The defensive and offensive capabilities of French light cavalry armed with carbines, from the Battle of Yser 1914


Quoted from Chasseur of 1914  by Marcel Dupont 

'Then, dominating the tumult, we heard their trumpets sounding the short, monotonous notes of the Prussian charge.

I leaped back into the trench.

"Independent fire!"

The whole French line burst into a violent and deafening fusillade. Each man seemed full of blind rage, of an exasperated lust for destruction. I saw them take aim rapidly, press the trigger, and reload in feverish haste. I was deafened and bewildered by the
terrible noise of the firing in the narrow confines of the trench. To our left, the machine-gun section of my friend F. kept up an infernal racket.

But the German line had suddenly dropped to the ground. Would they dare to come on again? We hoped so with all our hearts, for we felt that if we could keep our men in hand, and prevent them from firing at random, the [Pg 211] enemy could never get at us. But, above all, it was essential to economise our ammunition, for if we were short of cartridges, what resistance could we offer to a bayonet charge with our little carbines reduced to silence?

The Germans must have been severely shaken, for they seemed afraid to resume the attack. Nothing was moving in the bare plain that stretched before us. During this respite an order came from the officer in command, passing from mouth to mouth:

"Hand it on: No firing without the word of command."

Then silence fell on our trenches, heavy and complete as on the landscape before us. Suddenly, on the place where the enemy's riflemen had thrown themselves on the ground, we saw a slim shadow rise and stand. The man had got up quietly, as if no danger threatened him. And, in spite of everything, it was impossible not to admire the gallantry of his act. He stood motionless for a second, leaning on his sword or a stick; then he [Pg 212] raised his arm slowly, and a hoarse voice yelled:

"Auf!" [Up!]

Other voices repeated the word of command, and were answered by renewed "hurrahs!" Then the heavy line of riflemen sprang up and again rushed towards us:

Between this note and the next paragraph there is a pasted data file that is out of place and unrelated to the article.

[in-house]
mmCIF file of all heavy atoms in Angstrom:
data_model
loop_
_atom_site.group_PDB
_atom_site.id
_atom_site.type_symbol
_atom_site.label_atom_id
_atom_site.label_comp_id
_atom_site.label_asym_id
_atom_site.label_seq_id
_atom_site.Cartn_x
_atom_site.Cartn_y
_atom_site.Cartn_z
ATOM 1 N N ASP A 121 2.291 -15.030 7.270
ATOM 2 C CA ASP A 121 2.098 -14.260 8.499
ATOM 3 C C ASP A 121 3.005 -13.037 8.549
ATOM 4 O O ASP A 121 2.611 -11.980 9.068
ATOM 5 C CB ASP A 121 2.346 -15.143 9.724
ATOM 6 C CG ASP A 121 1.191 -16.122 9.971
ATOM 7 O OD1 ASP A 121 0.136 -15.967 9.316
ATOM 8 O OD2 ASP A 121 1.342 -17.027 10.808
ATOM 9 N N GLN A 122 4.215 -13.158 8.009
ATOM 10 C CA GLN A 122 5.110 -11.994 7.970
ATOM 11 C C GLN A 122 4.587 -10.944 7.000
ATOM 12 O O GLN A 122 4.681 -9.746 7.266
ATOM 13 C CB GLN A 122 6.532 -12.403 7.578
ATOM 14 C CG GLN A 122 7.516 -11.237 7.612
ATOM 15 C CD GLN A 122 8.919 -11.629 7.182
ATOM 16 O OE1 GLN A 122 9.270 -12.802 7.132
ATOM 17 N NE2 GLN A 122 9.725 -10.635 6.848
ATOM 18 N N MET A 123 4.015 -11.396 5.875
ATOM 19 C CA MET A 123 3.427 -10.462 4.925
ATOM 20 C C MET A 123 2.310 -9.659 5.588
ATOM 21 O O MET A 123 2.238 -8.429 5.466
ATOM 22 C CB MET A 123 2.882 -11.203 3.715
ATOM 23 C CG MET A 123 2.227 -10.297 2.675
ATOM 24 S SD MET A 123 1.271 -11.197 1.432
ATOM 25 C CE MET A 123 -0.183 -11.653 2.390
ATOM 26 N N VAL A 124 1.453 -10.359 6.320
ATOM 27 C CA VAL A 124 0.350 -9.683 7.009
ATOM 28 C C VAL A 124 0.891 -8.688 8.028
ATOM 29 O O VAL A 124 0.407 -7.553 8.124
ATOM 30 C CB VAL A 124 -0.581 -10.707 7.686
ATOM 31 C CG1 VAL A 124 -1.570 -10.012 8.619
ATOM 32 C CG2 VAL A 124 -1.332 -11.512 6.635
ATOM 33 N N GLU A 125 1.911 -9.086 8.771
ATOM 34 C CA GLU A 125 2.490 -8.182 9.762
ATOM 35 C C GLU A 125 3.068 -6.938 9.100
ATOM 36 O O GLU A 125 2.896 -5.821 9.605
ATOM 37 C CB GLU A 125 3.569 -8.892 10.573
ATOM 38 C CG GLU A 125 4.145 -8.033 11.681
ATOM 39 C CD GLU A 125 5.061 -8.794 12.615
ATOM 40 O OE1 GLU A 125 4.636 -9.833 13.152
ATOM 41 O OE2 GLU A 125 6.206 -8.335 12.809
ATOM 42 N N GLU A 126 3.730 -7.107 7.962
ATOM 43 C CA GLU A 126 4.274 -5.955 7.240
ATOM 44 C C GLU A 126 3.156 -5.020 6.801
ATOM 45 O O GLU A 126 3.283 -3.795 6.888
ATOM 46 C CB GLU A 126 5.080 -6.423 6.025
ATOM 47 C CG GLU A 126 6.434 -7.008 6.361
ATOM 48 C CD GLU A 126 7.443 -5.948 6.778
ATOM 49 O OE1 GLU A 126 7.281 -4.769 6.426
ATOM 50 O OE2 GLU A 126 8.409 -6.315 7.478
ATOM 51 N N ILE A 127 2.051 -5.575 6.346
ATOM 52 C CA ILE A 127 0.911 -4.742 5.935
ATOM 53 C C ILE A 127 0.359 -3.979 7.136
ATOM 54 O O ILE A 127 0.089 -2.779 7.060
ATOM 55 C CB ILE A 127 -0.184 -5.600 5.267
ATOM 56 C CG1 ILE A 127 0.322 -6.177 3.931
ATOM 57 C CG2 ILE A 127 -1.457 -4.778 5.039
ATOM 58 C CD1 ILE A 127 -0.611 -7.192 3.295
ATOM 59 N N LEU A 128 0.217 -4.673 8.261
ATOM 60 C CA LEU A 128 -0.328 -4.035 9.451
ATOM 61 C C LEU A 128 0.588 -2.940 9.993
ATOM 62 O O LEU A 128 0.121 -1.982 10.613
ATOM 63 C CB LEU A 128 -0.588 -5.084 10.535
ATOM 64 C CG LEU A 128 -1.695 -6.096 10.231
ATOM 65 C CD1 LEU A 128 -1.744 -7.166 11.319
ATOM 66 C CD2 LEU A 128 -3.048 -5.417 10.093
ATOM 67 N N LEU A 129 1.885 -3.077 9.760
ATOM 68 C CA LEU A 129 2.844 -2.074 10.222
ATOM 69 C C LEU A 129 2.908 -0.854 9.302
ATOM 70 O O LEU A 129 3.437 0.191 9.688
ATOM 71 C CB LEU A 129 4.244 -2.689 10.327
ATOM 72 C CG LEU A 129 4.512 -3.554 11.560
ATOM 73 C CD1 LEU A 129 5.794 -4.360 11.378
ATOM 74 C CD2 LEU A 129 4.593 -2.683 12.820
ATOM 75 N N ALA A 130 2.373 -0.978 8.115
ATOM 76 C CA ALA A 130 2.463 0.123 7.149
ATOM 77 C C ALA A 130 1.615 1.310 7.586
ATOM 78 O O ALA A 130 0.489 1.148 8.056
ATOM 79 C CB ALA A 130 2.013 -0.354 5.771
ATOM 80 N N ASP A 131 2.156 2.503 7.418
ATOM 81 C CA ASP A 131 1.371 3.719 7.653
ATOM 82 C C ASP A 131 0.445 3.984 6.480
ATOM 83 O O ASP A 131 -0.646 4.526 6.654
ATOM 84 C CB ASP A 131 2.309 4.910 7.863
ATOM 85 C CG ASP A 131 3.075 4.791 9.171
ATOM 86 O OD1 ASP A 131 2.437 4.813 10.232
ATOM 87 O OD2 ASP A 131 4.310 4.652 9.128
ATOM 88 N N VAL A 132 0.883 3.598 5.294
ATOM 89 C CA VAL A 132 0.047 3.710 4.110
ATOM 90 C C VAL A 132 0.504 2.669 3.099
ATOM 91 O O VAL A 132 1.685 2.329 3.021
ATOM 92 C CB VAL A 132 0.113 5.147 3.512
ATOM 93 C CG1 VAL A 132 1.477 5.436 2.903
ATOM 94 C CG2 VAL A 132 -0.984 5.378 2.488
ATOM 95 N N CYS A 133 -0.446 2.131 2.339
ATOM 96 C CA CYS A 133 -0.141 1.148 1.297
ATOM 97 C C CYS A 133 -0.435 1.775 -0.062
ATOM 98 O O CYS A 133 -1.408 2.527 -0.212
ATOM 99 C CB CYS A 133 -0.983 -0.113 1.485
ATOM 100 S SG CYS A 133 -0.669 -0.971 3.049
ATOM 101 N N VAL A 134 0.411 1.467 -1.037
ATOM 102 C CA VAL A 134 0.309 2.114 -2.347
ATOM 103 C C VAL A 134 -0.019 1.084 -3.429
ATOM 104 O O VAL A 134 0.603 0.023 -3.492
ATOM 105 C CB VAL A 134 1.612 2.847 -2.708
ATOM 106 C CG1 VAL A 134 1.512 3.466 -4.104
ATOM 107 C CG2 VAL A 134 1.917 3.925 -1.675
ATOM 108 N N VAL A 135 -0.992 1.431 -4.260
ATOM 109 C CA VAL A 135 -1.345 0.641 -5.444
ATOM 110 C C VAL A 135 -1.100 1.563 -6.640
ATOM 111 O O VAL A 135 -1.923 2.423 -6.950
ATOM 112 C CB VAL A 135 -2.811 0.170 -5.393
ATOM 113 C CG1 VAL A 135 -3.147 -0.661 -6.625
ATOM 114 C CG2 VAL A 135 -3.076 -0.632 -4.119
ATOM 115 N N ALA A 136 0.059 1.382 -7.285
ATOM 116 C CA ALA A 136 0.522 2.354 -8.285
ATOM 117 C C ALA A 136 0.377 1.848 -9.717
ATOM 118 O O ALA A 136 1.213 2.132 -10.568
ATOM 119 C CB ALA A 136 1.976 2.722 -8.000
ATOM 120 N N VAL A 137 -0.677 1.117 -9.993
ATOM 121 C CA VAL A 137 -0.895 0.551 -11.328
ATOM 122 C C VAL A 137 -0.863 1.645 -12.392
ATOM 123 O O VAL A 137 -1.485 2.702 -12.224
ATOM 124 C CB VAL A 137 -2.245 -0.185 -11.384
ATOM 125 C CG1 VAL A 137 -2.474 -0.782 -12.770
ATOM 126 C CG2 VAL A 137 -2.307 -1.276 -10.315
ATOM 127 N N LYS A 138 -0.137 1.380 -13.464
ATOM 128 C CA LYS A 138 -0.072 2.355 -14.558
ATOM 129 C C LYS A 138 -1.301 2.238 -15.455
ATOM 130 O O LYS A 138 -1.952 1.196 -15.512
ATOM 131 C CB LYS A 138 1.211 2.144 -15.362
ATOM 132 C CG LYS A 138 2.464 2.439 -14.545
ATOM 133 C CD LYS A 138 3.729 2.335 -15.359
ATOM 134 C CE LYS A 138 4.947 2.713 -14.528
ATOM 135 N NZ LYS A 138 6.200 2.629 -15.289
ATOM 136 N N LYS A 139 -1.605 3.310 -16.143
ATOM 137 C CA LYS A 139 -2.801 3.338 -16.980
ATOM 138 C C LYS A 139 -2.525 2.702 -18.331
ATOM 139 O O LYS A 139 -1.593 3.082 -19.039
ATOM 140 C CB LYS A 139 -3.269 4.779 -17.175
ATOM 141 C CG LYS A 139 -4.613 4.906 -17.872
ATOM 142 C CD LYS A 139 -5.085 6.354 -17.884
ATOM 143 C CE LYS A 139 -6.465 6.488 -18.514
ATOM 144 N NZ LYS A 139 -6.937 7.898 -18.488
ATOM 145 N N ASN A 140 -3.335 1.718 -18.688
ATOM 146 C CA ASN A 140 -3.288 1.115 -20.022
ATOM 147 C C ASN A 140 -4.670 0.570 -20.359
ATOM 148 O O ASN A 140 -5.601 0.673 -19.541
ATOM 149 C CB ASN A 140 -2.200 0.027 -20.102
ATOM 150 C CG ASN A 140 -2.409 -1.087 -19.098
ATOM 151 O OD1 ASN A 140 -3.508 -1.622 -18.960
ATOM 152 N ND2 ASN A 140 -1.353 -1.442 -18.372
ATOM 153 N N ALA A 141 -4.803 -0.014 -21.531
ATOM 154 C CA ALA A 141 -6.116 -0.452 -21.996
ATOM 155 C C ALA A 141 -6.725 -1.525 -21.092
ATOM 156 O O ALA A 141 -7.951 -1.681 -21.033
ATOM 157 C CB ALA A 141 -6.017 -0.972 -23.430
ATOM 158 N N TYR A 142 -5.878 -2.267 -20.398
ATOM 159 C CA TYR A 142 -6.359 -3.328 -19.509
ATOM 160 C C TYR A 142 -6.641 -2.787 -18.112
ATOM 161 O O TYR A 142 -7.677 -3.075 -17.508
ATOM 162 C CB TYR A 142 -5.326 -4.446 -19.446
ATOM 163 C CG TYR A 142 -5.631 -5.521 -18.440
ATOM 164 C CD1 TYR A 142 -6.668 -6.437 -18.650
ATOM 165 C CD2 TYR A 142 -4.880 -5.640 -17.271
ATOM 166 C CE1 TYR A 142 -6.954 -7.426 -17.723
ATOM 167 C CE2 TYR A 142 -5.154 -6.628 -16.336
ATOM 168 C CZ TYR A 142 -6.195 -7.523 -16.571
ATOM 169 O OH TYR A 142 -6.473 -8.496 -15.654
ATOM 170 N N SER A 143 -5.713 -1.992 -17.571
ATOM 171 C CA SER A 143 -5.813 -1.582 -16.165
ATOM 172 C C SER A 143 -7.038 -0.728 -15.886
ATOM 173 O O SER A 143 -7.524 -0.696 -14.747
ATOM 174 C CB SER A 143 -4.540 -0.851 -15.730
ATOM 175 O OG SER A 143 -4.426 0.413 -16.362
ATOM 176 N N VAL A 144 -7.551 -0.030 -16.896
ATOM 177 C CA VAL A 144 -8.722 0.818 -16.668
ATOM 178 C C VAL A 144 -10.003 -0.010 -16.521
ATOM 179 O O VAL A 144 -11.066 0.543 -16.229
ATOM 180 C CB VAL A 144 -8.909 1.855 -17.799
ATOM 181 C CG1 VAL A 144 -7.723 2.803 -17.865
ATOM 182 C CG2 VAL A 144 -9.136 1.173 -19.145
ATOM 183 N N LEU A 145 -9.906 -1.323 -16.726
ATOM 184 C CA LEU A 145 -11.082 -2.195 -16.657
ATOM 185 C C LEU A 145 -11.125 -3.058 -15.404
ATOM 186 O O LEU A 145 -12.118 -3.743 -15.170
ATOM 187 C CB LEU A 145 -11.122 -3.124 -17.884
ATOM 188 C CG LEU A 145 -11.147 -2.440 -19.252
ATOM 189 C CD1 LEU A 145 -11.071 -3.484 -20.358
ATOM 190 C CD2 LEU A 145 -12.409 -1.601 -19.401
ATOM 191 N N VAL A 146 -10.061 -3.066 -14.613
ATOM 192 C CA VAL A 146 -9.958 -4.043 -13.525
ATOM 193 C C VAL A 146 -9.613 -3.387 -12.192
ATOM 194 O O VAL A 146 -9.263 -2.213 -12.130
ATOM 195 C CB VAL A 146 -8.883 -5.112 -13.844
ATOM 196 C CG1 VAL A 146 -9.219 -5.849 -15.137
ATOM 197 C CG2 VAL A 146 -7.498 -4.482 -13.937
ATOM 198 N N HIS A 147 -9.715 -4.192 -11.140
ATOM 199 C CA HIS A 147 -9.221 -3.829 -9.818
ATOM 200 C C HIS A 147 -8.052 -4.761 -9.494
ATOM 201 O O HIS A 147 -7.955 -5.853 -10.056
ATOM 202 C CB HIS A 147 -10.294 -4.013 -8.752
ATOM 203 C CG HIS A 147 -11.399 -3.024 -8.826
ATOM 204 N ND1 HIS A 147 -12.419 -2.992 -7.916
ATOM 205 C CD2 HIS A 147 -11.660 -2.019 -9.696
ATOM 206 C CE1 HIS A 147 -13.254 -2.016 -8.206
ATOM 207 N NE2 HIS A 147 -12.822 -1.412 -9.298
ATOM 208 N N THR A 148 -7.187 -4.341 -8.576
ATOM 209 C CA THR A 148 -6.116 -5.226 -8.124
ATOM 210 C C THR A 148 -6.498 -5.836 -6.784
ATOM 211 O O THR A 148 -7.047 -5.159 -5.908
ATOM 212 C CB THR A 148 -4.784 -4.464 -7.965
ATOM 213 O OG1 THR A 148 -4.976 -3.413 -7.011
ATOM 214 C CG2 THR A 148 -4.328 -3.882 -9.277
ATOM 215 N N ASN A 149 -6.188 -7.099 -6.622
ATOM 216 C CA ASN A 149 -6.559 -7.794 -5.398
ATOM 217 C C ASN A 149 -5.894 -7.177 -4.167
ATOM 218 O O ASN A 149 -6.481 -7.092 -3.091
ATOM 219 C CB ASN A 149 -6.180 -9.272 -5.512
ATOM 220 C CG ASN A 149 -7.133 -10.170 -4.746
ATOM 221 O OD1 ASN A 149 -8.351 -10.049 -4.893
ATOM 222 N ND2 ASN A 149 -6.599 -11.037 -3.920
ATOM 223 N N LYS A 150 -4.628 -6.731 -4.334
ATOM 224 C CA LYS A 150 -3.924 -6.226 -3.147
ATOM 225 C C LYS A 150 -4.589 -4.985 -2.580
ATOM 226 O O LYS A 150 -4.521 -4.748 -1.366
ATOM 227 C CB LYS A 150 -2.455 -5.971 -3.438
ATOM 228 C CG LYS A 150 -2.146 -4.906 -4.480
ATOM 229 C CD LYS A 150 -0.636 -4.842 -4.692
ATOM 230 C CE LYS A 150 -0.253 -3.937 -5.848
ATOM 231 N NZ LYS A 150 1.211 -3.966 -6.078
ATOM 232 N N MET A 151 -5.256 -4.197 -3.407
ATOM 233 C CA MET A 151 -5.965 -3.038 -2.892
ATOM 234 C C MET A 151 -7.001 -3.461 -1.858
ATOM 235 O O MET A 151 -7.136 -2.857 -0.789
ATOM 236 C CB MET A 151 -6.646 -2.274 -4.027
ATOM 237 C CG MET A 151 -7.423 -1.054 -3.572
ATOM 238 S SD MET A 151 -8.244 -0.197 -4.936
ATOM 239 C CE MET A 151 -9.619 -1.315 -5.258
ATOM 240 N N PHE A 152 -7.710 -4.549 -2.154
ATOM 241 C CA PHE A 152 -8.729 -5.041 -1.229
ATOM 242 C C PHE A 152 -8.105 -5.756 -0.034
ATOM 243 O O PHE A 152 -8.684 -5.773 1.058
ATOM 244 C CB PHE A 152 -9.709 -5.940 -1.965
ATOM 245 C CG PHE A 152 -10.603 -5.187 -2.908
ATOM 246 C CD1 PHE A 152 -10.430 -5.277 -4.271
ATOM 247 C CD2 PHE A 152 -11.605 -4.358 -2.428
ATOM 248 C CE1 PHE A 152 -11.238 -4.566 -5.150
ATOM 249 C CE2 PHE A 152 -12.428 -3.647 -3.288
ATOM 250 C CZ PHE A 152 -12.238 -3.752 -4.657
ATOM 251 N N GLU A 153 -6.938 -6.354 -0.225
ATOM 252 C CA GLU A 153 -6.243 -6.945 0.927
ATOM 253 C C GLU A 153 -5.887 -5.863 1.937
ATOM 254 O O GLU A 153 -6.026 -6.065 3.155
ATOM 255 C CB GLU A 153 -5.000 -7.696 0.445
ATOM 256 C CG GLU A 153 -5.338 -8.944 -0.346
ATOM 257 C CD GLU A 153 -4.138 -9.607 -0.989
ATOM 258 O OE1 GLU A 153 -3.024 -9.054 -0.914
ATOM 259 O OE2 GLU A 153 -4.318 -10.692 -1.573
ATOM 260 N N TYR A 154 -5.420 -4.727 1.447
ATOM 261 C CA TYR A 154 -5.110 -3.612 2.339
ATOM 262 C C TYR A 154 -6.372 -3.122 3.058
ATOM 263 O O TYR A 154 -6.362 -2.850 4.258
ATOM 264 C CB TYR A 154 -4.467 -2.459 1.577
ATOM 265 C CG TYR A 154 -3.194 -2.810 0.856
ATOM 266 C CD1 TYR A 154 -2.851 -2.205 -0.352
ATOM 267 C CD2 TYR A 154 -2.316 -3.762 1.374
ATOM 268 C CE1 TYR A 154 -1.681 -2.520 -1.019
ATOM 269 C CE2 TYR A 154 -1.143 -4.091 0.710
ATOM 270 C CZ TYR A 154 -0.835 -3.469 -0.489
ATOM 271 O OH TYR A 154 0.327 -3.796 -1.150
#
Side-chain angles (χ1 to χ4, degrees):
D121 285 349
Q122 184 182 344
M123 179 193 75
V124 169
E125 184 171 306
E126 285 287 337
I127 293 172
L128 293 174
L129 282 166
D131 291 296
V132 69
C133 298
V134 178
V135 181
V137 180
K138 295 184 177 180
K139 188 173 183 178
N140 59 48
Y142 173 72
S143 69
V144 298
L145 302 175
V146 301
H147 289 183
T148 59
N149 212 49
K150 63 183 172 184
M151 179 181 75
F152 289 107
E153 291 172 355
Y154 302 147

"Fire! Fire!"

Once more our trenches belched forth their infernal fire. We could now plainly see numbers of them fall; then they suddenly threw themselves on the ground just as before. But instead of crouching motionless among the beetroot they began to answer our fire. Innumerable bullets whistled about us. I noted with joy that my men remained perfectly steady; they were aiming and firing deliberately, whereas at other points the fusillade was so violent that it cannot have been efficacious. I was very glad not to have to reprove my brave Chasseurs, for the uproar was so terrific that my voice would not have carried beyond the two men nearest to me. I calculated the number of cartridges each of them must have in reserve; twenty-five, perhaps thirty. How would it all end? I was just thinking of ordering my troop to cease firing, in order to reserve my ammunition for a supreme effort, if this should be necessary.

But something happened which checked this decision. F.'s machine- guns must have worked fearful havoc among our assailants, for suddenly, without a cry and without an order, we saw them rise and make off quickly right and left in the fog.

[Some time later] between two explosions, in spite of the noise of the German bullets, we distinctly heard the crack of our carbines.

"Our men are fighting!"

We all understood, and with one bound we were up and running frantically through the wood. How was it that none of us were killed? How did we manage to escape the shells and bullets which were cropping the branches and felling the trees around us? I shall never understand or forget this experience.

When at last we sprang breathless into our trench after what had seemed an interminable race, the tumult had died down again and only occasional shots broke the nocturnal calm. The reason of the sudden renewal of the fighting was given at once by F.

"Bravo!" he cried; "we have retaken the infantry Chasseurs' trench!"

This was a great consolation to us, for we were all full of regret at the loss of this little piece of ground. It had prevented us from feeling quite satisfied with our day.

Now all was well. Our task was accomplished.'

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